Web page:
Adaptive Phage Therapeutics (APT) has received Orphan drug designation from the FDA for the use of its PhageBank™ (a continually expanding library of phages) to treat prosthetic joint infections. APT will now be eligible for seven years of U.S. market exclusivity upon FDA approval, will pay less in marketing application fees, will be exempt from performing clinical studies in pediatric patients, and will receive tax credits that reduce clinical development costs.
The FDA has authorized Armata Pharmaceuticals to initiate a phase 1b/2a clinical trial, which they are calling “SWARM-P.a.”, to test AP-PA02, its lead phage cocktail candidate, against Pseudomonas aeruginosa airway infections in cystic fibrosis patients. The trial should begin by the end of 2020.
Vivek Mutalik (Lawrence Berkeley National Lab) and colleagues published their method of high-throughput mapping of the phage resistance landscape in E. coli in PLoS Biology. Sound familiar? We highlighted this paper’s corresponding preprint and backstory in August 2020 in Issue 88 of Capsid & Tail, in which Rohit Kongari interviewed Vivek. Sadly, this was also Dr. Richard Calendar’s final paper (see Community section for additional remarks).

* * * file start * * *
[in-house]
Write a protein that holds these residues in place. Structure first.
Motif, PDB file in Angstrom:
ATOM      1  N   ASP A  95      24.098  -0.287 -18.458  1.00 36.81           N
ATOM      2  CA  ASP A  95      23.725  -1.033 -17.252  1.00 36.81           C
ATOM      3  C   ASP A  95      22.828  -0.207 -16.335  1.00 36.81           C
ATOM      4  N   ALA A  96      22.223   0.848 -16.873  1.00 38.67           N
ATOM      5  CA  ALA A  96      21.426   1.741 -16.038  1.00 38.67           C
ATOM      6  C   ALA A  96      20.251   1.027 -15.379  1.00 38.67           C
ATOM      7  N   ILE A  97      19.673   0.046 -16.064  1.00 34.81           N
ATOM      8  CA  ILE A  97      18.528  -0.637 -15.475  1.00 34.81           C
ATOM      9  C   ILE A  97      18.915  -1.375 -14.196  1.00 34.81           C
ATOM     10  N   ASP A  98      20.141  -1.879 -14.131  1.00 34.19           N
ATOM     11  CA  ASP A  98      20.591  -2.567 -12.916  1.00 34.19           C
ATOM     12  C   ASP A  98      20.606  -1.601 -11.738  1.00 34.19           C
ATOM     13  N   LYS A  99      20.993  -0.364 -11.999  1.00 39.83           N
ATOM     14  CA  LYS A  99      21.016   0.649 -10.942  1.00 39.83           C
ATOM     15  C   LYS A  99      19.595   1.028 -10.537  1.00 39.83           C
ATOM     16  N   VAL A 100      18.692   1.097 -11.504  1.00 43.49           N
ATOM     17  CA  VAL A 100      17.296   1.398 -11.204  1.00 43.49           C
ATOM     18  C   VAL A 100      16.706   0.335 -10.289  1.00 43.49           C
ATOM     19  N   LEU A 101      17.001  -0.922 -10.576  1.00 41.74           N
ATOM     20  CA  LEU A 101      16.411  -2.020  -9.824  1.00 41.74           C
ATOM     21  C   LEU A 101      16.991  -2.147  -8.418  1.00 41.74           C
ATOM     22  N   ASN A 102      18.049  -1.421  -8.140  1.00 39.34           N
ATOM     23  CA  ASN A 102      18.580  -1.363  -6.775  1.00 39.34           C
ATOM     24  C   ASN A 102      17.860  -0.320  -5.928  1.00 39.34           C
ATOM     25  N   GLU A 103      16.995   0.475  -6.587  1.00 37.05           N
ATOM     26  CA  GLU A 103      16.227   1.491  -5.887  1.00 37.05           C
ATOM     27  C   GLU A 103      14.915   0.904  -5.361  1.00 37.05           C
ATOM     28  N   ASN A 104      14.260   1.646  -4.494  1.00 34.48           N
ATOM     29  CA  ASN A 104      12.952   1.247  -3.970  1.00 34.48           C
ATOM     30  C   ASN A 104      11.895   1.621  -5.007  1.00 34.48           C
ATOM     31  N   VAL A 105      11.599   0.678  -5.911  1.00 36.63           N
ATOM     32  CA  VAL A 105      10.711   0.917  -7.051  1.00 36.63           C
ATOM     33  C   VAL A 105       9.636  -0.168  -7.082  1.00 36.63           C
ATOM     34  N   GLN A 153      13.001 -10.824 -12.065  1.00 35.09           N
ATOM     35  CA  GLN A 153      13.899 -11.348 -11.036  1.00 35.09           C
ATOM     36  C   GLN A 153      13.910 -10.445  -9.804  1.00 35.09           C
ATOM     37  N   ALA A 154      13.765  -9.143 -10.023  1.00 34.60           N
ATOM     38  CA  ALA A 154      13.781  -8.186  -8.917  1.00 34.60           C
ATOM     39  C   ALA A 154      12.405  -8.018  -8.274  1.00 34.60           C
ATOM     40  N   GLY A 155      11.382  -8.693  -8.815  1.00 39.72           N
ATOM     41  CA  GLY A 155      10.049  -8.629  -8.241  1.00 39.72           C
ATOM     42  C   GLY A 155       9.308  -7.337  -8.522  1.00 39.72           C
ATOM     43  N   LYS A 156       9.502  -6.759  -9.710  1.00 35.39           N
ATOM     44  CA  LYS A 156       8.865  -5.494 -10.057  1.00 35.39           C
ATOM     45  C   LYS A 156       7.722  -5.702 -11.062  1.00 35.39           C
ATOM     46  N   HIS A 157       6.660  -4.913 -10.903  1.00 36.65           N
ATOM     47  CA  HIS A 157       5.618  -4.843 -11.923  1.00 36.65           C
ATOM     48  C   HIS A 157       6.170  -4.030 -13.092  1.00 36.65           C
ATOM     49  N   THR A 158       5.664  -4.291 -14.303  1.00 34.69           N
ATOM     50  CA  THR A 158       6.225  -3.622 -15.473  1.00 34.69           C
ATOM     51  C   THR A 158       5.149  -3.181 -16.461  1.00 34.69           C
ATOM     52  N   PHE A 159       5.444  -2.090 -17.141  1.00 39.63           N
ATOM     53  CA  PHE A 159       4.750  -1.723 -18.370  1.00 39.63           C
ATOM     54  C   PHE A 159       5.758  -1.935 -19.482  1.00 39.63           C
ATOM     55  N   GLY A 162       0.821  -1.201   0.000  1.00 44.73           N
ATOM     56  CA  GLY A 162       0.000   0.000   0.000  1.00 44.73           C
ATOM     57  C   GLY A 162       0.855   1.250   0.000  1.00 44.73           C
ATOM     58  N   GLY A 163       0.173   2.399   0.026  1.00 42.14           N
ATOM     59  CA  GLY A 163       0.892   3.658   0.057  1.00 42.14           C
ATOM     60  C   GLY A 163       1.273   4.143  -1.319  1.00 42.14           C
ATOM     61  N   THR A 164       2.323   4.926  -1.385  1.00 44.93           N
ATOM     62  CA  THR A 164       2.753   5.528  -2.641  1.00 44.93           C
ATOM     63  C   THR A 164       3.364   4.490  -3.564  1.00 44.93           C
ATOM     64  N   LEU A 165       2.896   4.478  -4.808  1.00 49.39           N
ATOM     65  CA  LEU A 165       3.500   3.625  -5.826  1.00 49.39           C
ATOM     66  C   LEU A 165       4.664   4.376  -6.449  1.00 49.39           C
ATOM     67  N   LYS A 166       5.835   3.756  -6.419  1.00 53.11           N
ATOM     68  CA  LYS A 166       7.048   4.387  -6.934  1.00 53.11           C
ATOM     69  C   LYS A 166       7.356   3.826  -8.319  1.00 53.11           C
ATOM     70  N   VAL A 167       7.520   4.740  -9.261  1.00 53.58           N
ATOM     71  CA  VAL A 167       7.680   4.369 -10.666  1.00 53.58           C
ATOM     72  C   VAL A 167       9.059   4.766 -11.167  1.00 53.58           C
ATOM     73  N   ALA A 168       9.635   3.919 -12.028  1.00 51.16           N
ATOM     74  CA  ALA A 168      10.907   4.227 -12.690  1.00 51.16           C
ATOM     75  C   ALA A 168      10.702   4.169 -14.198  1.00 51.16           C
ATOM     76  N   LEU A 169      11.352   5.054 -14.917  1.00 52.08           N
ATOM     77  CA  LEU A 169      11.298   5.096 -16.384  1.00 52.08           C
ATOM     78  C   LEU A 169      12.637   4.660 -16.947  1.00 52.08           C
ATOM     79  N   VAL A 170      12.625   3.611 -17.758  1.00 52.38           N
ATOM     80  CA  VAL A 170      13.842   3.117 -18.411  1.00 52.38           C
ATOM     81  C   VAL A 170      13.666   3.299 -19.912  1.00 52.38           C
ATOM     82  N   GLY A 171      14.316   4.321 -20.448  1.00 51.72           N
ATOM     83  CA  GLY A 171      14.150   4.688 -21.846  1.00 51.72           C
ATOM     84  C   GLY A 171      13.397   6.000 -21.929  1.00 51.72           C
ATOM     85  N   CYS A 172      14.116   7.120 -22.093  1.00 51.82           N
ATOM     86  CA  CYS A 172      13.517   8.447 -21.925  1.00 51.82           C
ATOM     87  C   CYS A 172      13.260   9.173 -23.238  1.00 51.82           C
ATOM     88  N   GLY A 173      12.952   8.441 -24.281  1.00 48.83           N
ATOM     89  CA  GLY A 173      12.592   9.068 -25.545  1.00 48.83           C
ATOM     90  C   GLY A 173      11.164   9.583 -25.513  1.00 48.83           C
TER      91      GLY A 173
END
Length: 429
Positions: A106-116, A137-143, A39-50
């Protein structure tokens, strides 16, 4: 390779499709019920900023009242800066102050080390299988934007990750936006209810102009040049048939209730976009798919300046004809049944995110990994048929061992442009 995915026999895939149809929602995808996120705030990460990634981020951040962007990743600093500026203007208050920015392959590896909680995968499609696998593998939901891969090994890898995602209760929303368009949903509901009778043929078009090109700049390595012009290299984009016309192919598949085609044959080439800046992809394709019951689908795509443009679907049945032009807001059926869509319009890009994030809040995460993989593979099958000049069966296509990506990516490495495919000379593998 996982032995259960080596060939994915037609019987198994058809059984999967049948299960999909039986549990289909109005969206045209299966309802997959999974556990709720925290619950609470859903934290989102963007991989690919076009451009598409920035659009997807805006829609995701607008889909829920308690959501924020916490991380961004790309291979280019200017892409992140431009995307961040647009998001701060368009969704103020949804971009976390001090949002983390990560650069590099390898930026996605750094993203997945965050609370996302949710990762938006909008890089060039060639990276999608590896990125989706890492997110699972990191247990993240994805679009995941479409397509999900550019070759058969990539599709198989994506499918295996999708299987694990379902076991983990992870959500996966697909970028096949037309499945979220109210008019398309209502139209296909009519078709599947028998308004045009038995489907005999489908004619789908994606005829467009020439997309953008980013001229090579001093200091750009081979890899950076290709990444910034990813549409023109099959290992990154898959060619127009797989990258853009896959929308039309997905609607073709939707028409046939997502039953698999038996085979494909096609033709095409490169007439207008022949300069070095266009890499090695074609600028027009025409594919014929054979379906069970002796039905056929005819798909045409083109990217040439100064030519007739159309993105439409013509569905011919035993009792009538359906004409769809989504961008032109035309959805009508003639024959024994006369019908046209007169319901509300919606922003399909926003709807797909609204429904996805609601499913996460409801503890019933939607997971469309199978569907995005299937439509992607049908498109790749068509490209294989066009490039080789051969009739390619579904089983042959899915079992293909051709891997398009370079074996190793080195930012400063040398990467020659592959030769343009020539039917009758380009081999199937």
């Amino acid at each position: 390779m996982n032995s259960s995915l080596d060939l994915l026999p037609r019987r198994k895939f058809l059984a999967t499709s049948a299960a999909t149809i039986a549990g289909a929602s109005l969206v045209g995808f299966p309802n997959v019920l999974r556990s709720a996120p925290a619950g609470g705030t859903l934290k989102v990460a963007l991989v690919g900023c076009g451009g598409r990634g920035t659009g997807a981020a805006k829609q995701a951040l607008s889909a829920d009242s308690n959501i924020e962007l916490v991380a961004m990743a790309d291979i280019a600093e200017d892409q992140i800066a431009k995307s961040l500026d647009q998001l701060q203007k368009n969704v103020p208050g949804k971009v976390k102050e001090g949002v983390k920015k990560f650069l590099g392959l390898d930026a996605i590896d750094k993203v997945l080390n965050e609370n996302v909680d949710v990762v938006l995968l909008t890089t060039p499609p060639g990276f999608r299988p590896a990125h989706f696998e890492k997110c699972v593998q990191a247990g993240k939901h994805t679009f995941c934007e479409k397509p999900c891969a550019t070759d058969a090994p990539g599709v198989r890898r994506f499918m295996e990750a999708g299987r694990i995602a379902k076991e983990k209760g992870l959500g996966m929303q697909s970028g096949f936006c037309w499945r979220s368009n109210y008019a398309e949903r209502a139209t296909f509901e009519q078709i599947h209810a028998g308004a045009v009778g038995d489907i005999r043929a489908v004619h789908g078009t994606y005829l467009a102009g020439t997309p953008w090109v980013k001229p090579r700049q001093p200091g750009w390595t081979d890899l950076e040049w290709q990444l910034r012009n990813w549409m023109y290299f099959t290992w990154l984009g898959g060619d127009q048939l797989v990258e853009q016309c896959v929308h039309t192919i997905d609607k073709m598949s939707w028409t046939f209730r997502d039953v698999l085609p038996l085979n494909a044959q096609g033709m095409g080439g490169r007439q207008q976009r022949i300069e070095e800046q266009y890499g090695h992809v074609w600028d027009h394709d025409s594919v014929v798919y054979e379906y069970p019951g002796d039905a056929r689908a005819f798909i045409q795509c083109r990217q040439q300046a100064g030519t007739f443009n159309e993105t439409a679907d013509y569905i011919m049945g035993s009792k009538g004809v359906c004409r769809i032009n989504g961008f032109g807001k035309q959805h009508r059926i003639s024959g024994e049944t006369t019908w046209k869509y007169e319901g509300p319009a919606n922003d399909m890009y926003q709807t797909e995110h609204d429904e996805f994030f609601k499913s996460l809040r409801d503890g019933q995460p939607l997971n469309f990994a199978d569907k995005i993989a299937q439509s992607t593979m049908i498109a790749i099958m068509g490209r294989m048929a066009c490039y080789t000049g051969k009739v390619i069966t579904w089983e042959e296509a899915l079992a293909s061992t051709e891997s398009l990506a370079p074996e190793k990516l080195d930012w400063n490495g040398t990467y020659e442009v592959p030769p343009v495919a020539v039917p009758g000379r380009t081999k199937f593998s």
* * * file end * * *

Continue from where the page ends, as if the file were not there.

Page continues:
As there is currently no gold standard for developing a phage cocktail, Melissa Haines (University of Leicester, UK) and colleagues set out to describe a novel approach to phage cocktail development by comparing different methods side by side. They found that for phages targeting ESBL-producing E. coli and Klebsiella UTI isolates, planktonic killing assays were as effective as efficiency of plating assays, while being much less time consuming.
Before now, only eight phages and two archaeal viruses had been isolated from deep sea vents. Sarah Thiroux (Université de Bretagne Occidentale, France) and colleagues published a new paper describing another: the first head‐tailed virus infecting hyperthermophilic methanogenic deep‐sea archaea. The virus infects Methanocaldococcus species, and infection leads to continuous release of virions, rather than a drop in host growth.
Eveline-Marie Lammens (KU Leuven) and colleagues published a new perspective in Nature Communications that explores the synthetic biology potential of phages for engineering non-model bacteria.